Reading Room

Finding Your Own North Star: How to Claim the Life You Were Meant to Live – Marta Beck

“Listen carefully: Your family of origin does not know how to get you to your North Star. They didn’t when you were little, they don’t now, and they never will. People whose families were accepting and supportive have to face the fact that familial love can’t take them all thnorthstare way towards their right lives.”

“Many of my clients can’t figure out what they want to do with their careers until they restore themselves to physical health by resting deeply for weeks, sometimes even months. Whatever your body tells you to do; the odds are very good that it’s the next step towards your North Star.”

In a nutshell
The book is for you if you feel as though your life has taken a wrong turn.

Also known as Stella Polaris, the North Star is found at the North Pole of the heavens. Because it does not move-around like other stars, it has always been used by explorers and seafarers to work out their current position and check direction. The North Star struck Martha Beck as the perfect symbol of what she calls “right life,” the fulfilled existence that is uniquely yours and waiting to be claimed.

How do we find our star? Internal compasses, in the form of our physical reactions, intuitions, and peculiar wants and longings, are there to guide us, and to get us back on course when the clouds and storms of life make us lose sight. Beck says that the key to finding our right life is to know the difference between the essential self and the social self. This is what we concentrate on here.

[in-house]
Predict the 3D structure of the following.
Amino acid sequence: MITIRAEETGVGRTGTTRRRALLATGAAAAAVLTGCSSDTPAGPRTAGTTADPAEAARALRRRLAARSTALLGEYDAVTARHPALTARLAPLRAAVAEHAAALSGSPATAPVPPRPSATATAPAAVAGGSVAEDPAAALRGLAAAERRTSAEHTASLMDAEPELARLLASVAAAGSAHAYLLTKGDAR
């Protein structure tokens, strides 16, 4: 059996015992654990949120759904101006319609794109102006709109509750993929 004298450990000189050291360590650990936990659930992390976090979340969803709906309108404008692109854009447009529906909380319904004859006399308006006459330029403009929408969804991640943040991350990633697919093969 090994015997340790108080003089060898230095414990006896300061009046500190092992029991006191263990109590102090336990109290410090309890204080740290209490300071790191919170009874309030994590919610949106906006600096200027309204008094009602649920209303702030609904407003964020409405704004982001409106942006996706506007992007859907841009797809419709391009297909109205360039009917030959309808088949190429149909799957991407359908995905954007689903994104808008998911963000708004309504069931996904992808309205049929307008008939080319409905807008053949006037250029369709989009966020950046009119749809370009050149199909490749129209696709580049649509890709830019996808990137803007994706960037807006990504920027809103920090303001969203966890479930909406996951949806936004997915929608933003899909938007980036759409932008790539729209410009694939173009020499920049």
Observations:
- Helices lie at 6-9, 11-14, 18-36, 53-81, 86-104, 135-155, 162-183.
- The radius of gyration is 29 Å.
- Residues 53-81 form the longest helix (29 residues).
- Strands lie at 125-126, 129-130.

The essential self and the social self What is the essential self? It is that quiet voice that will ask you to “walk to the beat of a different drum” when you would prefer to stroll with the pack. The social self is the voice that may have determined most of your life decisions so far; it has provided you with skills, networked for you, and is basically “responsible.” Most people make their social self their master, but for you to live a fulfilled live it should be the other way around-take your lead from your essential self, and let the social self do what is practically necessary to get you where you want to go.

Beck came from an academic background in which doing something “difficult” was respected. She took Chinese as her major at college because it sounded admirable and brainy-and she hated it. It bogged her down mentally and was truly hard. Anything you are doing that causes stress and struggle, she says, no matter how worthy you think it is, is probably not part of your true direction. When you find something that gives you joy and at which you seem easily productive-what in eastern philosophy is called “non-action”-it is probably close to your North Star.

In times past, you were much more likely to do well economically through the obedient, conformist behaviour of your social self, as the individual was always part of a larger machine. In the twenty-first century, however, this has changed, the real money going to people with a unique personality, skill, or product. And uniqueness never drops out of committees; it arises from deep within a person, from your essential self.

Bringing out the essential self
The essential self is like the daimon or soul image that James Hillman talks of in The Soul’s Code. It can’t speak, so it finds all kinds of ways to be recognized. Many of Beck’s clients come to her complaining that they “self-sabotage”: They fluff exams or interviews that they had to do well in, not really knowing why. Yet what seems like an inexplicable failure may actually be in harmony with your true desires in the long term.